My role has seen me travel around the world working with partners on developing and building a profitable Cloud business. One of the most common things I have heard consistently is that competition is really heating up and digital transformation is becoming more than just another buzz word for many partners and customers alike.
The partners who heard Steve Ballmer’s early rally cry to move to the cloud differentiated themselves based on the fact that they knew how to work with the cloud. They shot ahead of the competition and enjoyed the glory of winning all of the cloud deals. The reality however is that those days are behind us. We are playing in the big leagues now and the competition is getting fierce and customers are demanding more from their partners. The partners who will be successful in the future will have to differentiate his or her practice from the wide and growing variety of competitors in the market.
Microsoft recently released its annual Hosting and Cloud Study – Digital Transformation Opportunity for Service providers: Beyond Infrastructure. One of the key findings showcased in this study is how Managed Services has become the New Normal: 62% of cloud/hosting infrastructure spending comes bundled with value-added services. Furthermore, the study also uncovers how Managed Services has had a critical impact and role to play in how businesses are approaching Digital Transformation. Over 71% of respondents stated that Managed Services has enabled them to optimize their operations, with 74% finding that leveraging Managed Services had enabled their business to improve its overall product and service quality. With this in mind, what types of activities should Managed Services Providers (MSP) be thinking about?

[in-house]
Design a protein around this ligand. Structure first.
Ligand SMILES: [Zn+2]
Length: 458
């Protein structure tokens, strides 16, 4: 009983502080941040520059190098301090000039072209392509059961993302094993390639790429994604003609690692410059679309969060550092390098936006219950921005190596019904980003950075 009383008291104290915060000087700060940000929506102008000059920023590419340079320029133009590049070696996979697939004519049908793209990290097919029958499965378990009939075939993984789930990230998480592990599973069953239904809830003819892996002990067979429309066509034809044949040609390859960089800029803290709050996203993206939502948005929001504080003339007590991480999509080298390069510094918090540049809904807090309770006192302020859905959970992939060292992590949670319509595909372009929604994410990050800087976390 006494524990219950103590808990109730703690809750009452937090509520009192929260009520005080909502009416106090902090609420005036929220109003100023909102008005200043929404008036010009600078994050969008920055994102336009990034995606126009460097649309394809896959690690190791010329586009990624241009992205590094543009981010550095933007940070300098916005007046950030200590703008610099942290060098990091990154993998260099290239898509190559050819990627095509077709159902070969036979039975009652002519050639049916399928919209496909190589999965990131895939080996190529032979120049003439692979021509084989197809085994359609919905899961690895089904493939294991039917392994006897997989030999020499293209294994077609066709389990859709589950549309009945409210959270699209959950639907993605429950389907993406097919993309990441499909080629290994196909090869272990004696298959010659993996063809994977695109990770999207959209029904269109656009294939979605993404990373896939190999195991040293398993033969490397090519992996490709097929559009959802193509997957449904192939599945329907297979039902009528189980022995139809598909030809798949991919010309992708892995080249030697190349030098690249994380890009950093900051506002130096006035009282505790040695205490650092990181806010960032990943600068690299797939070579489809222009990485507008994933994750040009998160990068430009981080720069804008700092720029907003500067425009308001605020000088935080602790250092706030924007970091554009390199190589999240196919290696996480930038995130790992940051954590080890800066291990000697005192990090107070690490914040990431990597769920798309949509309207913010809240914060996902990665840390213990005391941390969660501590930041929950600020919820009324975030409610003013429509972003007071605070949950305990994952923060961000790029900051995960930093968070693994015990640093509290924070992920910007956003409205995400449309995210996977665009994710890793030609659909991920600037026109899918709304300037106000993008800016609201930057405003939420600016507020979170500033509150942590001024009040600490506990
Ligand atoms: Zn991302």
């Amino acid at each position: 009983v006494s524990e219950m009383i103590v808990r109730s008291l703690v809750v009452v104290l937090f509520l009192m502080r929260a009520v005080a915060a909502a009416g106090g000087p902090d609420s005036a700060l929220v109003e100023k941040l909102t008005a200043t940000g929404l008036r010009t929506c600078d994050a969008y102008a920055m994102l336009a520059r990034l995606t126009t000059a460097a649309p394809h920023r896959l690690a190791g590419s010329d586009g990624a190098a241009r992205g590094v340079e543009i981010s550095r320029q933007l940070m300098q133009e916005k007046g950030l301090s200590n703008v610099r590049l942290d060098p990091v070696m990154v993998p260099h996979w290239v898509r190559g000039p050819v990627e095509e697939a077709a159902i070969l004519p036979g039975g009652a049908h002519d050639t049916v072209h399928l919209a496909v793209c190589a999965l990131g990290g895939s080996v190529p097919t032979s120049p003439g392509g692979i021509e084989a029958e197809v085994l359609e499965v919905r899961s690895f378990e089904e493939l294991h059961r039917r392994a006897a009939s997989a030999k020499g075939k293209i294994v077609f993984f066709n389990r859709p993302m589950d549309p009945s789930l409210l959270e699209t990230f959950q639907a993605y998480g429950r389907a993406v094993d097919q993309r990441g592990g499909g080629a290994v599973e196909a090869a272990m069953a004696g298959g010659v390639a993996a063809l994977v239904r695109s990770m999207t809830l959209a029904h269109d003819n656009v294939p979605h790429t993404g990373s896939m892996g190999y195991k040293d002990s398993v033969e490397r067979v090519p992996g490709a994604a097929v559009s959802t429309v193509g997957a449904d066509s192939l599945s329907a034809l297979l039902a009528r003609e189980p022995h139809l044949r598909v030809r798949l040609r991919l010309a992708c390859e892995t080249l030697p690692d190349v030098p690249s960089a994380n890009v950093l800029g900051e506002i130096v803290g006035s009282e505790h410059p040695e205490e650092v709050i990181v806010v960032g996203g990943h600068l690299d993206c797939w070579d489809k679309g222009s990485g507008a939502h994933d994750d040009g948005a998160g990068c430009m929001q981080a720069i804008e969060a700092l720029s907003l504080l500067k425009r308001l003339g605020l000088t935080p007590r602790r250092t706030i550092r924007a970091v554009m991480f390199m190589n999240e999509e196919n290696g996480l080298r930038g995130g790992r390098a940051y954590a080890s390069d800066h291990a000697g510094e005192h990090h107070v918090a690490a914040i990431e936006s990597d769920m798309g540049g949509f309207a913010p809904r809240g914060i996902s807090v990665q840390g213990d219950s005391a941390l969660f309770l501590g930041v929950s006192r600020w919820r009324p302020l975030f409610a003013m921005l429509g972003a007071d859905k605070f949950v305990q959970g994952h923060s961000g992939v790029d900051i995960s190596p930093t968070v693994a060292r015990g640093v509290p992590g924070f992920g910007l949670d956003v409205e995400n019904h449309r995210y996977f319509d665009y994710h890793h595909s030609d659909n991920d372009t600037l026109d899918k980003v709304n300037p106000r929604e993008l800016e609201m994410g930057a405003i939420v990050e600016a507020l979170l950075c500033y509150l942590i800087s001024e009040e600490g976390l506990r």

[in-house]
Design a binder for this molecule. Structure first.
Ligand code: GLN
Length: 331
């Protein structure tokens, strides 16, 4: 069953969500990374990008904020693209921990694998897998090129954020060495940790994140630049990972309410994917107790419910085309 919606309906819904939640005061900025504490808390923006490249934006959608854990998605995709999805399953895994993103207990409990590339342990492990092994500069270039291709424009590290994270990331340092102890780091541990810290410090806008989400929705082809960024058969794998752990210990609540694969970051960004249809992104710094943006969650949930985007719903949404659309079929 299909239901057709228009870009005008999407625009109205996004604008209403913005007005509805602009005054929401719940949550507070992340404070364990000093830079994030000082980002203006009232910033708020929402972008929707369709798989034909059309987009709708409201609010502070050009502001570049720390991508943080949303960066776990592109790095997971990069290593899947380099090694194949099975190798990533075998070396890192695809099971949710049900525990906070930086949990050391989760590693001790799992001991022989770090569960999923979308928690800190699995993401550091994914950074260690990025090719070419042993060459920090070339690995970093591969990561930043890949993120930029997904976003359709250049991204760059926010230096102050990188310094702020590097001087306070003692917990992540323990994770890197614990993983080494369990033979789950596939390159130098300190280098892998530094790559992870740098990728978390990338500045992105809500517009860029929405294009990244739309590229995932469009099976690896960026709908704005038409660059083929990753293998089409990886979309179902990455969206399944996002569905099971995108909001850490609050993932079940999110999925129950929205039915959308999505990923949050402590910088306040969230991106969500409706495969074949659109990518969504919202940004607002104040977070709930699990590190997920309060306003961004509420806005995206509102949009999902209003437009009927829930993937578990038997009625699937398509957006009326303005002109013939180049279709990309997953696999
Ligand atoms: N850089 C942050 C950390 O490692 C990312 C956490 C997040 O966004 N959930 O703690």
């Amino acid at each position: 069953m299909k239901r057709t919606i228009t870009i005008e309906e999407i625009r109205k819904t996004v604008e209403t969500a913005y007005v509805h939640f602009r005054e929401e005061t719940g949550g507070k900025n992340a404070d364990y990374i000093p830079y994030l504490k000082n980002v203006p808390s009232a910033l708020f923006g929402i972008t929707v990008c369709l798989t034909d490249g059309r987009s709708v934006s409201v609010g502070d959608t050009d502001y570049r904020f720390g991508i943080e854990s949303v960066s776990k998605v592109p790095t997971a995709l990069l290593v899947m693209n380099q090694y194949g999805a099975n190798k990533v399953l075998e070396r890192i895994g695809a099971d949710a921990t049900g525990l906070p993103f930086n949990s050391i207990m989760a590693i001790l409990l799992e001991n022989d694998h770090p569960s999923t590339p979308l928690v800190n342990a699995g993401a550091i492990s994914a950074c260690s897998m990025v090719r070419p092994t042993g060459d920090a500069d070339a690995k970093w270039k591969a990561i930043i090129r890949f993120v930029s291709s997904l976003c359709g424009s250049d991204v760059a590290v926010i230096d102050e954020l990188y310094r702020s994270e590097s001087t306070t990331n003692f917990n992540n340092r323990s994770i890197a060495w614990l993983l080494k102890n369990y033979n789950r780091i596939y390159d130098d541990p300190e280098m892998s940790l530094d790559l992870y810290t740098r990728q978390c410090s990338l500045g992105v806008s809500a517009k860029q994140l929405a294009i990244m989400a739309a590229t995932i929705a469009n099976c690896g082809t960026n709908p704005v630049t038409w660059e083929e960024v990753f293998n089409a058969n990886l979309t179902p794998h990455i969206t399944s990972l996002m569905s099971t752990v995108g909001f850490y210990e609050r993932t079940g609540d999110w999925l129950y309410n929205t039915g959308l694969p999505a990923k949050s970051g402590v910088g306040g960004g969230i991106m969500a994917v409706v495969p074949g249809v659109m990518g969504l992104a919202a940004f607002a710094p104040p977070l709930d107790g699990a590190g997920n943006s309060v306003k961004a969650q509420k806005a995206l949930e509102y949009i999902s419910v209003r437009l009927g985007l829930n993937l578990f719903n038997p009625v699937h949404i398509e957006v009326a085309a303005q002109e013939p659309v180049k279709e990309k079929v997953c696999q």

In general, a cloud MSP performs three types of functions:
- Cloud Assessments
- Cloud Enablement
- Cloud Operations
The first two–Cloud Assessments and Cloud Enablement–are traditional SI type activities: taking the shape of one-off projects of a particular duration, often billed on a per-hour/per-diem basis. The third of these–Cloud Operations–represents traditional MSP type activities – including ongoing management and monitoring of cloud services, often billed on a recurrent basis. The challenge however is how to think about continuously evolving and optimizing the delivery of these operations at scale. This is where automation is king.
From onboarding to implementation to ongoing support tasks, anything you can automate should be automated. Automation makes things faster for the customer and is seamlessly repeatable, which makes it possible to train many (cost effective) people to complete the task.
A successful Cloud MSP needs to be strong and be able to demonstrate experience in all three types of activities to provide end-to-end solutions to their customers. This in turn establishes credibility and trust in the partner’s ability to understand their customers business, all of which are seen as key attributes that respondents from the study saw as critical in selecting partners to execute on their Digital Transformation journey.
The reality of today’s channel is that there are over 100,000 partners transacting in the cloud. It has become hyper-competitive. As a result, we’ve seen pressures on the price points partners are charging for some of the more foundational activitie,s such as mailbox migration and basic managed services. The best partners have a healthy sense of paranoia, realising that what is a competitive advantage today likely won’t be in 12-18 months. If you remain focused on your competition you’ll often sit still waiting for your competitors next move. However, being customer obsessed allows you to continuously innovate and empower your customers to be focused on their core business and ultimately deliver customer lifetime value.
Sam Restifo is Senior Business Development Manager, Hosting & Managed Service Providers, at Microsoft Australia. As a Cloud & Services Industry Leader, Sam’s passion and focus is on development of a long-term technology vision of customer-centric cloud and data centre services to drive business development, capability, innovation, strategic planning and delivery for a wide range of mission-critical products and services.